DAOs are 100% based on trust and transparency.
As mentioned earlier, members of a DAO may never actually meet in real life. Entrance into the DAO means that everyone who participates commits to the shared goal outlined in the contract. Members of the DAO must agree upon any revisions to the contract.
DAOs are all about community.
By eliminating organizational structure, DAOs represent the true nature of community. Each token holder within the organization holds voting rights. And these voting rights can vary based on each user’s token count. Individual members have no additional privileges or rights.
DAOs and the Future of Organizational Structure
There are still a lot of issues to work out. But soon we’ll see die-hard fans banding together to buy their favorite sports teams or investors purchasing empty land and giving members a vote on how that land is developed.
Some organizations are already moving toward this less leader-based, more community-based decision-making model. But giving a voice to so many comes with its own set of challenges.
There’s Still a Long Road Ahead
One of the biggest challenges right now is the voting process. This is tricky because everyone needs to agree on the outcome. If you’ve ever tried to take a group vote, you know what this is like. And when the decision involves minor changes to the smart contract – like changing the color of the logo or adjusting a word in the mission statement – giving everyone a say can cause significant stalls. This can become incredibly inefficient, causing frustration for all involved.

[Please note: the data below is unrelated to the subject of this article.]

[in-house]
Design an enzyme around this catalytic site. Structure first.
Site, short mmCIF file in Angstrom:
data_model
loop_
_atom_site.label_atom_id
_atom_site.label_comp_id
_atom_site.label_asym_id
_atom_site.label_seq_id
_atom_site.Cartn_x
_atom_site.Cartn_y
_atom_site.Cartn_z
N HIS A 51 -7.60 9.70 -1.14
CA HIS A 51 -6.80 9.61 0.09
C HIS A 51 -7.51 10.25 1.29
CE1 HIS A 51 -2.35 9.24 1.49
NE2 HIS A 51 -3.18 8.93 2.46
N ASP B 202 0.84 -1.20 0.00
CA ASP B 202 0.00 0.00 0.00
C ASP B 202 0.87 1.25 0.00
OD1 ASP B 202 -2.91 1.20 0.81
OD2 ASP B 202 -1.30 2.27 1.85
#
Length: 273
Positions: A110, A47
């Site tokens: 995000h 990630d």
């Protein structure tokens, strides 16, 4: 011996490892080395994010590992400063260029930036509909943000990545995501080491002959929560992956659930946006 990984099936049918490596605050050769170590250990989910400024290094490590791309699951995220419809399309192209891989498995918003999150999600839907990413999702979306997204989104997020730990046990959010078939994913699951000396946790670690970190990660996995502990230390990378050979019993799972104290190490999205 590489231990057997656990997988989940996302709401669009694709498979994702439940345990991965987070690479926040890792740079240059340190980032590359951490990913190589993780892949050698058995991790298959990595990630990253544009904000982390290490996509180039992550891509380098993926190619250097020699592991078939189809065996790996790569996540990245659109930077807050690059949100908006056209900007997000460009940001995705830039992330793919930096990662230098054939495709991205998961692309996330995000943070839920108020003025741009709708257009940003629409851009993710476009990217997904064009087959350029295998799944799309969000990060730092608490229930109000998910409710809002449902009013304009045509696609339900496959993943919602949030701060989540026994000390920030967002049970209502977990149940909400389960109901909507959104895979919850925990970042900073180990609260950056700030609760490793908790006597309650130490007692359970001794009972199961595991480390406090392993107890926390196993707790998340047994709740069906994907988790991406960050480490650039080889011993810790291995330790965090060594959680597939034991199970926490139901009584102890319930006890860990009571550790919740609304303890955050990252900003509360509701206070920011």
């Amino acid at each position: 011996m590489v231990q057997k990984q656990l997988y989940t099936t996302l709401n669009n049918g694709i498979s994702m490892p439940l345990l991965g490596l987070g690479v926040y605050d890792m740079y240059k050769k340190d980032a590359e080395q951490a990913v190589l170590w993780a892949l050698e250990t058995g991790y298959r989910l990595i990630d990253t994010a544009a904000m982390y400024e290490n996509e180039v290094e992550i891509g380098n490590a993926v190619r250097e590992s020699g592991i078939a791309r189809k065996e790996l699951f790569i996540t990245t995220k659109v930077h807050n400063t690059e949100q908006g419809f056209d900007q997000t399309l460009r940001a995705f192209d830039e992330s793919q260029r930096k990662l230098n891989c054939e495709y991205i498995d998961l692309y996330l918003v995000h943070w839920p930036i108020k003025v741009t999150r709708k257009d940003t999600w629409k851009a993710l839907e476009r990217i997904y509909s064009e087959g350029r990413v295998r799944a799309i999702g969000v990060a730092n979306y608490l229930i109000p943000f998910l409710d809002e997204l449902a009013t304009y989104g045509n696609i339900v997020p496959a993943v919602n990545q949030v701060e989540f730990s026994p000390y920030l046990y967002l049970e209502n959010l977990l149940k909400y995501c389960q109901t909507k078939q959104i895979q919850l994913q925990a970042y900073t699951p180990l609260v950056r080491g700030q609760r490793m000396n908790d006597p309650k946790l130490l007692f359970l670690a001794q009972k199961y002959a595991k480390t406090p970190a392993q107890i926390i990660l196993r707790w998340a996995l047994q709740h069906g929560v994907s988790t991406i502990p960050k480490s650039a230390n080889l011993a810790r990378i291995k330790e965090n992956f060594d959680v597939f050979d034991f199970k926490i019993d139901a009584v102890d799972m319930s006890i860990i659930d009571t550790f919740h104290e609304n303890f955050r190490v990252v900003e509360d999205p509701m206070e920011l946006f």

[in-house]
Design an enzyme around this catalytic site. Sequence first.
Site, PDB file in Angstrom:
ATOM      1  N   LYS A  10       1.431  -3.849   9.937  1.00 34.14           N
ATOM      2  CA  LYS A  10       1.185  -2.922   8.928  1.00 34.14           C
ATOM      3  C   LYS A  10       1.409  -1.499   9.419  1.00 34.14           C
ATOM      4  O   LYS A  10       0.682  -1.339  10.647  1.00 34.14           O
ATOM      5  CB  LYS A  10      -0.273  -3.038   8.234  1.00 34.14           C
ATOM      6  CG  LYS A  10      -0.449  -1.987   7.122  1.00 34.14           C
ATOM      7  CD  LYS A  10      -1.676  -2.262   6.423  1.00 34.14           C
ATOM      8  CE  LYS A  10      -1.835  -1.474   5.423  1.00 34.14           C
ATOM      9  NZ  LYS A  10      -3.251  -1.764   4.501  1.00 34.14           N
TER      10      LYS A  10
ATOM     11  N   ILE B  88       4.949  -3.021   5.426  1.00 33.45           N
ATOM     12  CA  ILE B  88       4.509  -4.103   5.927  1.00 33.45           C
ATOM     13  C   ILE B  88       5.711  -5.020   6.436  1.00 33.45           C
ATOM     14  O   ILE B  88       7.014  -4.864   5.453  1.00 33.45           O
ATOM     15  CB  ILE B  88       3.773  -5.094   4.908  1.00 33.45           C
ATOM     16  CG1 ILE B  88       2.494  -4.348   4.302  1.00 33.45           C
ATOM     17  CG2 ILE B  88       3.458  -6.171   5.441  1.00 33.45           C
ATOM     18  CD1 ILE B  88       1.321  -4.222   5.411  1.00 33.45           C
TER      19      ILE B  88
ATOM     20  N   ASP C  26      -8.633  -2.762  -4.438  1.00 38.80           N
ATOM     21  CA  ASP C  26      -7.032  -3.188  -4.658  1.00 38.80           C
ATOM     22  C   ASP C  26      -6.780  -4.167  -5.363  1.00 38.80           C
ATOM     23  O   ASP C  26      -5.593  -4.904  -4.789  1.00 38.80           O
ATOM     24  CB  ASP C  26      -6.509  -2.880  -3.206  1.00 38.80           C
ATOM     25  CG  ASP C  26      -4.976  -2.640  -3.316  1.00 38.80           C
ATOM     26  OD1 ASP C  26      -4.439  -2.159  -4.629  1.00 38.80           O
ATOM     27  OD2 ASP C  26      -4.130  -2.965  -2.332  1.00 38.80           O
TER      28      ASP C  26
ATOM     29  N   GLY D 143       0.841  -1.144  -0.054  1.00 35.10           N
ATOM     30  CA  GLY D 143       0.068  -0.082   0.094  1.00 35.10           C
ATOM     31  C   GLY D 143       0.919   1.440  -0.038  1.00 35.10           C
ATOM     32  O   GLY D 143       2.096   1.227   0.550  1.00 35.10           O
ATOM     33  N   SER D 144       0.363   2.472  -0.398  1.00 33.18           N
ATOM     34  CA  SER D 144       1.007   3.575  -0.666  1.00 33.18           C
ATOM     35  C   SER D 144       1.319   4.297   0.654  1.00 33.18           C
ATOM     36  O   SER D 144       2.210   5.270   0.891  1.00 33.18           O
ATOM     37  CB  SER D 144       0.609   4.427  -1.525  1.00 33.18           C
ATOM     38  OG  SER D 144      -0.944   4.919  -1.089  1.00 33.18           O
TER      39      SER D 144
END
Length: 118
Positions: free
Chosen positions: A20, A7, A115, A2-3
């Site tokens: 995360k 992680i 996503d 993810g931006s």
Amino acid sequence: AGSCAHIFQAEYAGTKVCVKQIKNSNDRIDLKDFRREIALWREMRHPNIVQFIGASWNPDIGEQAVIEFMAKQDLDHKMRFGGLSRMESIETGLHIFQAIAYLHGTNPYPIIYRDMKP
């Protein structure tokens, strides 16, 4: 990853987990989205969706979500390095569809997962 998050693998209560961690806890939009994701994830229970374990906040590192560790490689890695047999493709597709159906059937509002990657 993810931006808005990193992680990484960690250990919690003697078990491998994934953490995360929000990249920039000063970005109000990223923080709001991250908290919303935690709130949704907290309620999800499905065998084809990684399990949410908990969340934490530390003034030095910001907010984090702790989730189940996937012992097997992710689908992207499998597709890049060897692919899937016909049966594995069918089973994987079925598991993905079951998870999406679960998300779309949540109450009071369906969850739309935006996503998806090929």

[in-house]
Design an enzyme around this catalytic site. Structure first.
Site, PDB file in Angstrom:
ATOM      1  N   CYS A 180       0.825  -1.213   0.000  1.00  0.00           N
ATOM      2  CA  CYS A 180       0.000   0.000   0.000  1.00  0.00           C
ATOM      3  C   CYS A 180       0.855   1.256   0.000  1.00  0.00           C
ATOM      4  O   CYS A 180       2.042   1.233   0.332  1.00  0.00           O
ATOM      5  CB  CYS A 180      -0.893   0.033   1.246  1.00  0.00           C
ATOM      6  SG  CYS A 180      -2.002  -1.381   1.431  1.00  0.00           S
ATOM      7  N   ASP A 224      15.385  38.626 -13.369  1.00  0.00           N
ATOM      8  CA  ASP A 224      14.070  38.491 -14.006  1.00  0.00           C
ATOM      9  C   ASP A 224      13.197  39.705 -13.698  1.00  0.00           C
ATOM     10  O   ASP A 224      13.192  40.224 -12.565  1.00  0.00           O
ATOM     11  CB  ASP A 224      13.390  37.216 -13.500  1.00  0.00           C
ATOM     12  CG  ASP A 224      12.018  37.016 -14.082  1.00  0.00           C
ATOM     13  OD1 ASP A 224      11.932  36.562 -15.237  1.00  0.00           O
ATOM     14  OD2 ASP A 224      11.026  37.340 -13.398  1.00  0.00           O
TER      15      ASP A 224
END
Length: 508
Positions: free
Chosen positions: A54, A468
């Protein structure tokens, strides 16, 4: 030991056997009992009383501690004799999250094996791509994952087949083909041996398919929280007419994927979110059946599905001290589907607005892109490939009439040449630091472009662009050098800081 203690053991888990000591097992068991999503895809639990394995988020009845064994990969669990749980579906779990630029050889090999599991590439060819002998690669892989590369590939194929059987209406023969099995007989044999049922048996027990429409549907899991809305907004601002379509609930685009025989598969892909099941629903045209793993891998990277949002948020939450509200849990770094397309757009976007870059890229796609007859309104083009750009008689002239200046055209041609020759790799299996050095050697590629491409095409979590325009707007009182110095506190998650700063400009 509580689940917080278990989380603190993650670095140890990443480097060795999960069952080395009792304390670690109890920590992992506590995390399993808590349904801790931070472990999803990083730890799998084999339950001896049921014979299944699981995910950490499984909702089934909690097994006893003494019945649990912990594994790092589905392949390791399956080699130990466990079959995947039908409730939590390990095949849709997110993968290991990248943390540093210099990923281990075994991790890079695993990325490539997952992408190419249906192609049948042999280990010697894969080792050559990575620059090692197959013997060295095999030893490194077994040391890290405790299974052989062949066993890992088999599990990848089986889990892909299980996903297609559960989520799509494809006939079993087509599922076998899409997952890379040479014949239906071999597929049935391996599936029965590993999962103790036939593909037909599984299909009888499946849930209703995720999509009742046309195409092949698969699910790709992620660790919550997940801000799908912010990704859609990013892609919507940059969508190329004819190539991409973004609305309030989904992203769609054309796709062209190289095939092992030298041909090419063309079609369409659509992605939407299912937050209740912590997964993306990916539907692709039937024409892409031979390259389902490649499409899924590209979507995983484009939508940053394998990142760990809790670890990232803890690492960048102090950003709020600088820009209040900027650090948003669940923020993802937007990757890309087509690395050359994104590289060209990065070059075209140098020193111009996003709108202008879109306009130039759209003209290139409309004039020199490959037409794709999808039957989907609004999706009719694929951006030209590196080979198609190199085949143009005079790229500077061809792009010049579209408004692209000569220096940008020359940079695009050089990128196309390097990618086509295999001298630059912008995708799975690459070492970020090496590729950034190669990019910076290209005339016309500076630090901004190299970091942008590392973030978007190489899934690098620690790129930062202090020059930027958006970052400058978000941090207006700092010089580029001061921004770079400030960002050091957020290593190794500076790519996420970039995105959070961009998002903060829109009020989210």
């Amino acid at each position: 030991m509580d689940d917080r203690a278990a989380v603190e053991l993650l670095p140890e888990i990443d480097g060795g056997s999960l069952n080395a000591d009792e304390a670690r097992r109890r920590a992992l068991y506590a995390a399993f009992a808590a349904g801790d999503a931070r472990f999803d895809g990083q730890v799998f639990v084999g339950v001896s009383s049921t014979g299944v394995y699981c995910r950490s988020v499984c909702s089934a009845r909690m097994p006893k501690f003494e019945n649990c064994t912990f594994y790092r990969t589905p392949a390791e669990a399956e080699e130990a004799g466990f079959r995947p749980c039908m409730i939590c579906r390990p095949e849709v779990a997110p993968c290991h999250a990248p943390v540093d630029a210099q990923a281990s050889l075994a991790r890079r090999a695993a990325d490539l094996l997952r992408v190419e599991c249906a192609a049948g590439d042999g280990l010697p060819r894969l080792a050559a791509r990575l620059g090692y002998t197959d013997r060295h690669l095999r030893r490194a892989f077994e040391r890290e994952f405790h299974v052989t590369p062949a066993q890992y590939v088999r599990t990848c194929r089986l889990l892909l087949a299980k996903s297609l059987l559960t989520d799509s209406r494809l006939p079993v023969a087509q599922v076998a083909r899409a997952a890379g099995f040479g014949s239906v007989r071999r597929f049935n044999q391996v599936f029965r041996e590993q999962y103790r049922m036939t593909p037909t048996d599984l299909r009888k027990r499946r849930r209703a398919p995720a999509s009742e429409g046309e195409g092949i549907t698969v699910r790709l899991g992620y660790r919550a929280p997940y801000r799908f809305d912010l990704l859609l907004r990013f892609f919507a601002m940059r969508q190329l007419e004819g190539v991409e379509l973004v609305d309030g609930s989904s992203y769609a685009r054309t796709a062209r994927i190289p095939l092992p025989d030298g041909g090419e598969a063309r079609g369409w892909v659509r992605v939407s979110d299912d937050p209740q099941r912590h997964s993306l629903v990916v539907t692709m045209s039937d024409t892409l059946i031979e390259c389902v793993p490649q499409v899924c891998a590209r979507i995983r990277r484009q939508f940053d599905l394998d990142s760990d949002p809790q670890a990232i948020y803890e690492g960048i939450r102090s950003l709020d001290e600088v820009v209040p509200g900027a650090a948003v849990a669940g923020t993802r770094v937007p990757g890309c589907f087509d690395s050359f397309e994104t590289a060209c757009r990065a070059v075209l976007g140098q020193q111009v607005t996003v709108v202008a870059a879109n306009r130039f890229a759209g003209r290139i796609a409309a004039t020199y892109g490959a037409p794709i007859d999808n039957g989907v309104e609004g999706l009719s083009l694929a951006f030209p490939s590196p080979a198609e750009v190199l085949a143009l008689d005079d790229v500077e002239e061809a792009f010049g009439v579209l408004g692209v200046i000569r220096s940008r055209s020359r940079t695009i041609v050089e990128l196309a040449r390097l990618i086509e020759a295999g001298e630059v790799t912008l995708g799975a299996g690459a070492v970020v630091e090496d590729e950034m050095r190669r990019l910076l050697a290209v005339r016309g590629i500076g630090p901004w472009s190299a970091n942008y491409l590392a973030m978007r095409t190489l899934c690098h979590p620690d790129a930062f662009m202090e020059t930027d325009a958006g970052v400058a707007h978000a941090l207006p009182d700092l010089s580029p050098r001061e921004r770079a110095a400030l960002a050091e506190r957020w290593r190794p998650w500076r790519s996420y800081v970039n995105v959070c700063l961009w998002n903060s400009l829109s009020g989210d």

Another challenge is security. Creating a DAO is easy (it only requires a few lines of code), but keeping it secure is another story. Because developing and maintaining robust security features within a DAO requires a lot of capital and even more skill. On top of that, members often choose to remain anonymous. This anonymity can put the organization at risk if the wrong people enter the picture.
With security top of mind for developers in the DAO space, there’s no doubt that this risk will begin to decrease over time. And, once the voting part is figured out, it’s [well, not] all smooth sailing from there. Either way, DAOs allow us to build communities where every member has a voice. These communities may focus on financial gain, supporting a cause, or funding impact-driven projects. DAOs offer us a path to a future built on purpose-driven community action no matter what the objective.
Orderinbox is a social NFT marketplace that aspires to be a DAO. Our goal is to give the power to the creators and collectors that use our platform. Orderinbox is by creators for creators. We believe strongly in the power of community. We want to ensure that every user that contributes to Orderinbox shares in the success of what we all build together. To learn more, please read our whitepaper.